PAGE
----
I am loving the stats page, and particularly the maps. I initially thought I was probably writing for my friends (and thank you for visiting, liking and commenting!) But it turns out that people visit from all over the world, even some small islands I didn’t know were separate countries. It’s really quite interesting to ponder what might interest someone in Belize, Venezuela, Jordan, Iceland, or the Russian Republic, and how someone from Trinidad and Tobago, Malta, Qatar, and El Salvador might have ended up reading an Australian blog. Truly international, and always fascinating to see who has been here.

The topics vary quite widely, but I don’t seem to be able to predict what will attract a broad readership. I loved being able to go through my holiday photos and record and relive some of the places we went and the things we saw. I also love pondering news events and recent studies that I have come across, and the occasional joke or cartoon. Social media, psychology, science (particularly weird science or pseudo-science) usually capture my attention and interest long enough for a post to evolve.

Sharing on StumbleUpon has been a surprising and unpredictable event. A posting on Steve Jobs garnered 9,822 viewings, thanks in large part to StumbleUpon. The general page comes second with 7,958, followed distantly by How to Open a Padlocked Suitcase: A lesson in travel safety for us all with 804, and Imagine what you could do if you thought you couldn’t fail at 597 (this posting was on Moira Kelly, the woman who sponsored Krishna and Trishna, conjoined twins from Bangladesh).

I also post links on Facebook (mudmap) and Twitter (mudmapped) and occasionally on Pinterest, although I have not had much success there. But StumbleUpon has driven the occasional peaks in my stats – a top score of 4,837 views on one day that seems almost impossible to beat and quite bizarre to contemplate. I don’t know how it happened and I can’t replicate it, but it is amusing and rewarding to think that something I wrote “touched a chord” and nearly went viral! (This was some considerable time after the death of Steve Jobs so I didn’t really expect a massive reaction.)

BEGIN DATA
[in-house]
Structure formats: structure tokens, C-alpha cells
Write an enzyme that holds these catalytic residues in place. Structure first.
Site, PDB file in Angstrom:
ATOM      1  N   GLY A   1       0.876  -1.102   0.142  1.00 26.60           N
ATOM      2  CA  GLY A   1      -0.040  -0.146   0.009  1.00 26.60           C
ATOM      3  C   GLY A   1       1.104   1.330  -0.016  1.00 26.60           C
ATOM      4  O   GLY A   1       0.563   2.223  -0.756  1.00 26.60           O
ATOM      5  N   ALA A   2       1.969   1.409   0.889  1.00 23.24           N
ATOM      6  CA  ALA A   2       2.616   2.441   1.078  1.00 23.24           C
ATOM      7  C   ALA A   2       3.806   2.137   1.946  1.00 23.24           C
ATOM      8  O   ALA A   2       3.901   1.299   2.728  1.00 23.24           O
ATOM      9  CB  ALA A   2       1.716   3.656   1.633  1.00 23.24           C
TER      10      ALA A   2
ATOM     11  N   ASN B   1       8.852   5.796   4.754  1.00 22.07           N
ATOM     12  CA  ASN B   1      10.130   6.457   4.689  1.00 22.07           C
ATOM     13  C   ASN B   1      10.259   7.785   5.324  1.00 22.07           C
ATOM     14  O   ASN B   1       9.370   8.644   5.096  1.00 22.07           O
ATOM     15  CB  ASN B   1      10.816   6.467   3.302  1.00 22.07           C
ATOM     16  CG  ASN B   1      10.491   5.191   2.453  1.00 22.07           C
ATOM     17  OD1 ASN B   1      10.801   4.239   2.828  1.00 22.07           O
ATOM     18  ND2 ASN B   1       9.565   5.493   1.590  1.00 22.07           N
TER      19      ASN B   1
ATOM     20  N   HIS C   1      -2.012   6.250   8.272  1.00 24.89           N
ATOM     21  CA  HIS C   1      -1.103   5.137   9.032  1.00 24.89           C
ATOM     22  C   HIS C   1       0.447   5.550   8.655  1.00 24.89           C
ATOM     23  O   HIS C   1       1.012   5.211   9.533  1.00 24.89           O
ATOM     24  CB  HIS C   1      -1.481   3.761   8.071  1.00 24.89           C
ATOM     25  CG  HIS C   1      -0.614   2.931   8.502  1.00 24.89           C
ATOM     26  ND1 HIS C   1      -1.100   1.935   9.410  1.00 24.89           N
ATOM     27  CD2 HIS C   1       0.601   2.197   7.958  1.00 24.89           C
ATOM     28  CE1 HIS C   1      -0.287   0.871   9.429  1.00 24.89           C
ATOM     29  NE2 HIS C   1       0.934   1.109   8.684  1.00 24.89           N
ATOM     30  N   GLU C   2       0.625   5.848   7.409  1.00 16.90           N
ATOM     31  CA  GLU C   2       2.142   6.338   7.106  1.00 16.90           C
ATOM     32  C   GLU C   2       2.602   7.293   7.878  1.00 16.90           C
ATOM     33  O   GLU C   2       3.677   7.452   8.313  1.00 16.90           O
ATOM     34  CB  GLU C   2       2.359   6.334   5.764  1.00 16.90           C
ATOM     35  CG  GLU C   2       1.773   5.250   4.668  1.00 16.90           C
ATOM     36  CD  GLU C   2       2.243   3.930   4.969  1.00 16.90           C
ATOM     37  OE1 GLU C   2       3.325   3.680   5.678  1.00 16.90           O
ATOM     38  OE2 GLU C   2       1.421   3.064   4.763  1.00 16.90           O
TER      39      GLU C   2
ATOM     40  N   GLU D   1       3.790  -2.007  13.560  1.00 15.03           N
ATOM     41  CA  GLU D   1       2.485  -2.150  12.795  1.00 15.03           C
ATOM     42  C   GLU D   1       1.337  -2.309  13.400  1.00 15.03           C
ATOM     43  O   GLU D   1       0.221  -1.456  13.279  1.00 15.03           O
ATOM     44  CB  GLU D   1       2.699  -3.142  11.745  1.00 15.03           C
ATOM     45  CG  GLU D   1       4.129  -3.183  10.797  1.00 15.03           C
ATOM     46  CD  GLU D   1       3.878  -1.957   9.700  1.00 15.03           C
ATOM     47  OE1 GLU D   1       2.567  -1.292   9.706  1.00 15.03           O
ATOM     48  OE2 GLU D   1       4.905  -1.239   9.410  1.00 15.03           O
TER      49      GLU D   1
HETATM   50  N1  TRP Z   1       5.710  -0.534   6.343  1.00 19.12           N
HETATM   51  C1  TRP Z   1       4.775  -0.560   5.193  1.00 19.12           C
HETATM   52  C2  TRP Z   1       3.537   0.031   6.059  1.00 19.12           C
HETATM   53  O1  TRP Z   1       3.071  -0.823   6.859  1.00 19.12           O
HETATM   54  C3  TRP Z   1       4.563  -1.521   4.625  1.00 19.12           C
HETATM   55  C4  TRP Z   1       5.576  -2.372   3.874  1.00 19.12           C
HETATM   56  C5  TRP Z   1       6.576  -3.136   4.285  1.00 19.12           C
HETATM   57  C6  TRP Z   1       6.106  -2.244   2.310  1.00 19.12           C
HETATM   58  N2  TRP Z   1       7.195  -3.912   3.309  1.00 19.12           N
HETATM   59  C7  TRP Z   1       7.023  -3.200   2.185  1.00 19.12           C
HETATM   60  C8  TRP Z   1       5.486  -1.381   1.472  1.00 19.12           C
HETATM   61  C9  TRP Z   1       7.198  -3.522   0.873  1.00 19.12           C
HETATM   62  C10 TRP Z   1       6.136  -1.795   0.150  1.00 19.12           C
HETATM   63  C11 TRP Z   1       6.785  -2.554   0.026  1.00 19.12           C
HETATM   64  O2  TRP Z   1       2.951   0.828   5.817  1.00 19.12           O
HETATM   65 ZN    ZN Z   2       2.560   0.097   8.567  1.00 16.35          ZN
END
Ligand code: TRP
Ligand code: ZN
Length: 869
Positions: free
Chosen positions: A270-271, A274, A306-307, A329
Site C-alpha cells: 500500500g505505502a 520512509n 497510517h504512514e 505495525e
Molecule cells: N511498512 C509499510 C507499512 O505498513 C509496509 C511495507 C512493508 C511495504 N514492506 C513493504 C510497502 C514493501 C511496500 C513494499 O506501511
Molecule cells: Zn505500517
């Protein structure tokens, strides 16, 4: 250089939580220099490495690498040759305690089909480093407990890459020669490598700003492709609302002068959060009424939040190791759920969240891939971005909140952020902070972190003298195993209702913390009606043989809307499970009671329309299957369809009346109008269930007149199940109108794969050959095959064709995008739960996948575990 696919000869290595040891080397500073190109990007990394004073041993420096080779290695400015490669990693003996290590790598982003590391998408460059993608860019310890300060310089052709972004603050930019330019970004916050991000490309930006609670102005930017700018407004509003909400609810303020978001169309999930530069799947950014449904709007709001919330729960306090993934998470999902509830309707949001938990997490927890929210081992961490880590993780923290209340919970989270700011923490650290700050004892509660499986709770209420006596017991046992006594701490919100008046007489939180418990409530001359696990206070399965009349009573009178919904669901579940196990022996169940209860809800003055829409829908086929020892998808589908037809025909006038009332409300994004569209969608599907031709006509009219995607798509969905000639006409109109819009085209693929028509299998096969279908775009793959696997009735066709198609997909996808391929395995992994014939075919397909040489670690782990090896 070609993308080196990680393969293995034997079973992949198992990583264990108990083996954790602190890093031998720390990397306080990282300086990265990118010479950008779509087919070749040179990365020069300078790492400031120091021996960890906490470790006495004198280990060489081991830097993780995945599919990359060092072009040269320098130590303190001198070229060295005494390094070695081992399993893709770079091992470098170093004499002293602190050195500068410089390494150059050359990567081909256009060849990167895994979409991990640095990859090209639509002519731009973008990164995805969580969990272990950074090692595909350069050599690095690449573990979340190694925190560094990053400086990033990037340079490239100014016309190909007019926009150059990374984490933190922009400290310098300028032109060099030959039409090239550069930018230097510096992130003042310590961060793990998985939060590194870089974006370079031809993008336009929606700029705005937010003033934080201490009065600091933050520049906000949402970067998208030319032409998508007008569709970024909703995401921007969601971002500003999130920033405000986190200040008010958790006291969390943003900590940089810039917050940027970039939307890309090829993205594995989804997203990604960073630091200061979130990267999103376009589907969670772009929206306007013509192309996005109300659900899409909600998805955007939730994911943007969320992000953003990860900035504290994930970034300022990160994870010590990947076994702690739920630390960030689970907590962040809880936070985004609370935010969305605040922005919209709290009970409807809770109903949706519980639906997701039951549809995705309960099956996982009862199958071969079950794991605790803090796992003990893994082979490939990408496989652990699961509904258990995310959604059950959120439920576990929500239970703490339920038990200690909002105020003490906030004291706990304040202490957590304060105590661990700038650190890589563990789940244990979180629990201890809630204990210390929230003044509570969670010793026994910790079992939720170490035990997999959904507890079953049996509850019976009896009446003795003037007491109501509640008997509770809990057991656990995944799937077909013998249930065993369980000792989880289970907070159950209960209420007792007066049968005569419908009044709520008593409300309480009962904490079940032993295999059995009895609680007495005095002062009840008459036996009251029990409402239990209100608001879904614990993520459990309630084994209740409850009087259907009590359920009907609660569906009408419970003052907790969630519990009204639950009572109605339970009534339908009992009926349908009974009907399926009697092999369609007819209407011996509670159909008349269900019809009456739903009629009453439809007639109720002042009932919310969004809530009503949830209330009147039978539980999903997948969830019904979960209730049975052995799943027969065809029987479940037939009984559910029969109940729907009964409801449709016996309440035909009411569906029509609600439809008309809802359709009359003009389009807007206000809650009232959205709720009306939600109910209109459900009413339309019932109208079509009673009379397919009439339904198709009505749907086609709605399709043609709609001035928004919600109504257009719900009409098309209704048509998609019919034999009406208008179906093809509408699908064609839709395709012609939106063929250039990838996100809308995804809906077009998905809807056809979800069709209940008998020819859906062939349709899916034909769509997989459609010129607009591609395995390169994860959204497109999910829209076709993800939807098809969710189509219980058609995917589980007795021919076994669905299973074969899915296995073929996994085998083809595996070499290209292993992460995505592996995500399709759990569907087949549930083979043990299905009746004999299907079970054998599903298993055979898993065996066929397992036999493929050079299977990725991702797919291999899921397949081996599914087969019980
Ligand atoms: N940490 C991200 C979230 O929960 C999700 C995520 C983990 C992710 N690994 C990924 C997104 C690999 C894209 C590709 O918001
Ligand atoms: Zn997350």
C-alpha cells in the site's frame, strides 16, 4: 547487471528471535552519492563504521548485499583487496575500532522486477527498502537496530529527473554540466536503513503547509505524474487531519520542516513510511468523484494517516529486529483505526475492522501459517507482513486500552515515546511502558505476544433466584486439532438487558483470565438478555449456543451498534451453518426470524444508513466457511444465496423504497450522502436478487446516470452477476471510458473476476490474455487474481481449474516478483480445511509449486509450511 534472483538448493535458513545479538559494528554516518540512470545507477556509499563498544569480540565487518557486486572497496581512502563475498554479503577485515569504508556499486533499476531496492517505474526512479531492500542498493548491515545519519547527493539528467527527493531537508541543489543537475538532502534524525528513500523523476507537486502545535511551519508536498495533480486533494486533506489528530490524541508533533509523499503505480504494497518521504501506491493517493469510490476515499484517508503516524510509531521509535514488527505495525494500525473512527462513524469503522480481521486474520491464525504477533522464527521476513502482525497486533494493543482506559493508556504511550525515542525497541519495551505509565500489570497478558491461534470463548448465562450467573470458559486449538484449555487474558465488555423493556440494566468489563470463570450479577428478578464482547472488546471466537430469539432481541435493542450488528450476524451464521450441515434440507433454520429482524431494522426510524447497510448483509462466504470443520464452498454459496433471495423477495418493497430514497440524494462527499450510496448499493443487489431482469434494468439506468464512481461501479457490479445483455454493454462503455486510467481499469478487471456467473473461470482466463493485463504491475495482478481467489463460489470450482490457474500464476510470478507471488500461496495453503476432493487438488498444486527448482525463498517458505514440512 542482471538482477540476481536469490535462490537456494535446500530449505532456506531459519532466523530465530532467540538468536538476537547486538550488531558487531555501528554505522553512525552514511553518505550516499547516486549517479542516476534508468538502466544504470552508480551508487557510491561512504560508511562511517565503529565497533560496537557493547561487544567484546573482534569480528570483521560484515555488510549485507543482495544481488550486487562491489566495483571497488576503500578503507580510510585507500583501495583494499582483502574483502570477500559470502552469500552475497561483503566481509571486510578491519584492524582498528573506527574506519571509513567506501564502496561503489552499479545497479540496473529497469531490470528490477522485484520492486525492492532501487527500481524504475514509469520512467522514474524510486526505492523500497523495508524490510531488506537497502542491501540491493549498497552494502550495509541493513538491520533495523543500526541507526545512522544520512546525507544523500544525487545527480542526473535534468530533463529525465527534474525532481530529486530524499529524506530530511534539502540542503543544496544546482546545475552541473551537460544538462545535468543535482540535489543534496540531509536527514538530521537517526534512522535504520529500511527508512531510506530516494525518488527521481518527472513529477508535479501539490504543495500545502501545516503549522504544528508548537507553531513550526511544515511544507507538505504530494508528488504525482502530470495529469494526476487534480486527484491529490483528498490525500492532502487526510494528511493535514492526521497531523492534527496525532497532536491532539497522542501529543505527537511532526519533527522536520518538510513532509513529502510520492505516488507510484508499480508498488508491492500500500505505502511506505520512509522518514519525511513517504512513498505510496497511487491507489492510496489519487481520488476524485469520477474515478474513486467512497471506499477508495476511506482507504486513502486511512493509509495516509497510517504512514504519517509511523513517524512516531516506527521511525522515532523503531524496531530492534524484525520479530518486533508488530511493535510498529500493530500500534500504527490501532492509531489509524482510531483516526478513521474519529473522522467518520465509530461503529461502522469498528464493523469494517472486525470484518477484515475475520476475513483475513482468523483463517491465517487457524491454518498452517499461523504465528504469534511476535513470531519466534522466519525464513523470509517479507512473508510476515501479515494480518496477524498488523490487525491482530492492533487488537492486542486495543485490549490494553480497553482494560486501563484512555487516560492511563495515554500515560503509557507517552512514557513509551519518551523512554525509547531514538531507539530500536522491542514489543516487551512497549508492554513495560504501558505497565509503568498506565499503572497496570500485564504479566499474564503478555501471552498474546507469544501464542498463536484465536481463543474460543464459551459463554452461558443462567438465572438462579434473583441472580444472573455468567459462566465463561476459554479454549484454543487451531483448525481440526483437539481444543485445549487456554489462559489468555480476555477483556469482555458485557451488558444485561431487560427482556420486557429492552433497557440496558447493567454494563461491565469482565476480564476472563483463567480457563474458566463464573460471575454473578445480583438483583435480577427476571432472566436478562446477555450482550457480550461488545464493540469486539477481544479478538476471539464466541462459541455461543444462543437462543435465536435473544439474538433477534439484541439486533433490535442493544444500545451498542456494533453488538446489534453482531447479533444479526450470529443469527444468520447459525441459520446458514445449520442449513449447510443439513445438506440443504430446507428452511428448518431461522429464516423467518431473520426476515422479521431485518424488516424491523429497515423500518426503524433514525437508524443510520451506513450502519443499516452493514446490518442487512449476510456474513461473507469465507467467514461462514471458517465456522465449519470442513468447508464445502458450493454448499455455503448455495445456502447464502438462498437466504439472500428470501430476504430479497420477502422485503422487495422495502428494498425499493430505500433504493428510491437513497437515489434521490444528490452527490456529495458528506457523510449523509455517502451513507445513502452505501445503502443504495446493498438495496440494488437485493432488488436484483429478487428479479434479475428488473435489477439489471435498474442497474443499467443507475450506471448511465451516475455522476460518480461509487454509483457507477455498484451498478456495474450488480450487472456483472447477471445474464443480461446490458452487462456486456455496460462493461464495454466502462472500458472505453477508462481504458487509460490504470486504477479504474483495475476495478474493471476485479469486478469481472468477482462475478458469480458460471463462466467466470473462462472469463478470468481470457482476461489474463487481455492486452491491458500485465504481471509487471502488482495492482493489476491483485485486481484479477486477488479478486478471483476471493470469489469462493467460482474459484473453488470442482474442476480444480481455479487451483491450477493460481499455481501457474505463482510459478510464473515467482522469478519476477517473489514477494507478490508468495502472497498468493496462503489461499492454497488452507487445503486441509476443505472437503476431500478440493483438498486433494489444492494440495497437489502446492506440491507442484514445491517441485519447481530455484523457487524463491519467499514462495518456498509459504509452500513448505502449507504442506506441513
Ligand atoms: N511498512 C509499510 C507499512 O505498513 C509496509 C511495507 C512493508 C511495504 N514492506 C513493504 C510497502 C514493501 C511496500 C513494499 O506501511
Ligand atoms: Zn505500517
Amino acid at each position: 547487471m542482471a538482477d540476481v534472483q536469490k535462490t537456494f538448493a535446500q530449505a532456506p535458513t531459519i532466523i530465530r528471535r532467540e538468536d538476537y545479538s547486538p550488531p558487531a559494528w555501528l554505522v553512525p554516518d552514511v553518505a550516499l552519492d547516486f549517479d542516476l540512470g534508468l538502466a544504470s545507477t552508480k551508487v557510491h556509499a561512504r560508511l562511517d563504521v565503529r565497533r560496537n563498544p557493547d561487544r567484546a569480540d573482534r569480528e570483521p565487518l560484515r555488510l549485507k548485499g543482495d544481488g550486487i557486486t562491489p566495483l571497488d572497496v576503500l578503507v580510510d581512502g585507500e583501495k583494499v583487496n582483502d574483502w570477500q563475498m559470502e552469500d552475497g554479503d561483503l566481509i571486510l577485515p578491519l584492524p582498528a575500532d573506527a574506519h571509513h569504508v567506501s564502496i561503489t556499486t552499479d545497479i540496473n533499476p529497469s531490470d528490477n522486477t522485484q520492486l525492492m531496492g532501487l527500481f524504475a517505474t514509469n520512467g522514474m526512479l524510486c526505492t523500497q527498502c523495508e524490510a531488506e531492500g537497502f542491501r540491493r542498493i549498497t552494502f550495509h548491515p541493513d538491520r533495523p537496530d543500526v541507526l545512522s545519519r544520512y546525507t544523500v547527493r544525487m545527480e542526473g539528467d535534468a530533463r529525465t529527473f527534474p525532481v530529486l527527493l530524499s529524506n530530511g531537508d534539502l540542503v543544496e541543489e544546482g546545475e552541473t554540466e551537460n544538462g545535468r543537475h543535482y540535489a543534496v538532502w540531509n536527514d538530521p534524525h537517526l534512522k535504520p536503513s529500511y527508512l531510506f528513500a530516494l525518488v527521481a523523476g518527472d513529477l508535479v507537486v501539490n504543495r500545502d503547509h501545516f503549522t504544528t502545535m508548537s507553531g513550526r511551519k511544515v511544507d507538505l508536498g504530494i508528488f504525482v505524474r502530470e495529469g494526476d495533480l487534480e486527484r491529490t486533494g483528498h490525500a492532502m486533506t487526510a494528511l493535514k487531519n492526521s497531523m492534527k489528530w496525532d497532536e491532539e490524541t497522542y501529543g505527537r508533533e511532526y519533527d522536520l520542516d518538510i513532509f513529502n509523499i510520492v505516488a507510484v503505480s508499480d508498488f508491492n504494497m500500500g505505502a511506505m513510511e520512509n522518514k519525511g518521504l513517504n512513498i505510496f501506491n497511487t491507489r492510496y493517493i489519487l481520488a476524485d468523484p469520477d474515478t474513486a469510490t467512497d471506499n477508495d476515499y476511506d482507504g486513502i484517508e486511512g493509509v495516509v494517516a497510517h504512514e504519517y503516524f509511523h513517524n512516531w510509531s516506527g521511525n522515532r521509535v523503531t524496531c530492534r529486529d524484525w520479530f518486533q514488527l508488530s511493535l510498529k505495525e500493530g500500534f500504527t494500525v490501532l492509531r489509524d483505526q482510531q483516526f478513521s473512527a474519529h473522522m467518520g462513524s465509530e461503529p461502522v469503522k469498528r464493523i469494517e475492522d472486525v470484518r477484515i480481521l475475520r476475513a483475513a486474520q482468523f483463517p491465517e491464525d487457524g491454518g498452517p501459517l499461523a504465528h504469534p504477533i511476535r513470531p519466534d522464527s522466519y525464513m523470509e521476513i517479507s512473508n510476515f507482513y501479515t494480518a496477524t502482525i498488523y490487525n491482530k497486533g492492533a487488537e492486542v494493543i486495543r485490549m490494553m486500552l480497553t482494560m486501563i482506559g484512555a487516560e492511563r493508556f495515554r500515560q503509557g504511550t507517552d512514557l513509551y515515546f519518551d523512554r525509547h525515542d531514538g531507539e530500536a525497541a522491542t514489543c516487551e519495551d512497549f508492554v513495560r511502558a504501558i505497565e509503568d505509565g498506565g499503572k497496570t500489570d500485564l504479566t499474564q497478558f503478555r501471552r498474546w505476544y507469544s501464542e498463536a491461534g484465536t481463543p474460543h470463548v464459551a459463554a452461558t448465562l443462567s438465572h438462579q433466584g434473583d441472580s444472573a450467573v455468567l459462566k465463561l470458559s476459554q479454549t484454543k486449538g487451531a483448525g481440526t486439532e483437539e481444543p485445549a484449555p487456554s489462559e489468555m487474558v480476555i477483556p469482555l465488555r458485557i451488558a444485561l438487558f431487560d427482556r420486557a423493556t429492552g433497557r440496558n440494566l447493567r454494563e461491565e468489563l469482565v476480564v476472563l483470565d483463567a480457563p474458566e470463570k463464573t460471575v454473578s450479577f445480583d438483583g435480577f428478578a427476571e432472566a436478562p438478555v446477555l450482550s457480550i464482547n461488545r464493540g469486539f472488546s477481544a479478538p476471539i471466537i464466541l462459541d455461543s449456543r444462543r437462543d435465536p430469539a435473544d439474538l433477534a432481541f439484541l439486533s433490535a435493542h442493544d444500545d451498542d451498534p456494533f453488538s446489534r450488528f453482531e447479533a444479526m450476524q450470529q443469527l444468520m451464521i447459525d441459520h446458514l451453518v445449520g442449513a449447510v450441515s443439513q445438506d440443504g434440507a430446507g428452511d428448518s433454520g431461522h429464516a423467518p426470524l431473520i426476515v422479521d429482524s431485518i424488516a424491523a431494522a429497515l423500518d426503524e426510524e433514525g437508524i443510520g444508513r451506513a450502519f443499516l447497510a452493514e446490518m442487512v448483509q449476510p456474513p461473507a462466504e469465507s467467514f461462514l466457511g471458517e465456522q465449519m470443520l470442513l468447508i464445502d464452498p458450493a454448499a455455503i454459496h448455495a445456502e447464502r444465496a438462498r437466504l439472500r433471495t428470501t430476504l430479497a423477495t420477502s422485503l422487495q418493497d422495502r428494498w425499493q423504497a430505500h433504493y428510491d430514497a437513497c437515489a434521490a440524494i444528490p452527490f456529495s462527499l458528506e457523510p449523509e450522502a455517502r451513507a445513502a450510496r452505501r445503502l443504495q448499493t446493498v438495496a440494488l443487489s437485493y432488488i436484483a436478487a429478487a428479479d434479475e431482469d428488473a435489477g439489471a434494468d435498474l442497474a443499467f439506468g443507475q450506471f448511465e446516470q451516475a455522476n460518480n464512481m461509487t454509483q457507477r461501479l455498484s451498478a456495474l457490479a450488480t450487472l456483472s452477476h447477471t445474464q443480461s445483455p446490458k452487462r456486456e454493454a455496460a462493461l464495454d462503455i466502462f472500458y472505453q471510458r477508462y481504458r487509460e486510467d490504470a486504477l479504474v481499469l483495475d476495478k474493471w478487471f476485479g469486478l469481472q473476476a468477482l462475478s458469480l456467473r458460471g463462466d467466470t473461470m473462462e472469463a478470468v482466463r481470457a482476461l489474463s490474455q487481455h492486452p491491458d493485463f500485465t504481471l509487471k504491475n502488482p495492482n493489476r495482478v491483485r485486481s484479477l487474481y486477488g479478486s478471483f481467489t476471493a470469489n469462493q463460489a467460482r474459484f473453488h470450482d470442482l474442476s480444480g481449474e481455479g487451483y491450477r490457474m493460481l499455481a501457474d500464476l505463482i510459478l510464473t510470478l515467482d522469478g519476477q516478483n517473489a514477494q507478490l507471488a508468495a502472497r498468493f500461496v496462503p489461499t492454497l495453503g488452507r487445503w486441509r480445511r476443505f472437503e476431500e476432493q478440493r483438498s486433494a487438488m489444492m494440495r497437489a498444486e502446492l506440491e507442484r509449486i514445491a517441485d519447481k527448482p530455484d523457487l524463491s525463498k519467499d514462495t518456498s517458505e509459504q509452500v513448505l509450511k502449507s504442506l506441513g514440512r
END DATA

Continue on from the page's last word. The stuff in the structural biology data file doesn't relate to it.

In one year Mudmap has had just under 28,500 viewings (and increasing as we speak). This is a lot more than I probably could have expected if I had written a book – unless I wrote the Da Vinci Code or Fifty Shades of Grey. I know that some of you are repeat readers. Some of you are my friends, family and acquaintances, others are people I will never meet. Some are fellow-bloggers who stop by and encourage, chat and exchange ideas. Thanks you, everyone!

As a frustrated writer, it is gratifying to be able to write something that someone else will read. And on a good day, you might click “like”. And sometimes you might comment. I appreciate each and every one of these.

Here’s to the next year! (Please drop me a line….)





Social media: Just add water….. Instant expert

3 06 2012

In an exercise in sheer bluff and hypocrisy, I am now going to expand my hypothesis (aka brief thought and opinion) on social media encourages us to turn a fleeting thought into an opinion, and an opinion into instant expertise.

Somewhere in medical school, they teach doctors how to sound like they know what they are talking about. Not lie, not guess, but somehow, to convey an air of authority and confidence so that patients feel comfortable undertaking treatments. When you go and see a doctor, you want him or her to tell you the truth, but you also want them to tell you what they think is wrong with you and confidently lay out a treatment plan. You don’t want them umming and aahing about possible diagnoses and treatments and unable to make a decision. You want assurance that they know what they are doing.

Of course there is a down-side to this. When they really don’t know what they are talking about, they still manage to convey an air of authority, as anyone related or in business with a doctor may tell you.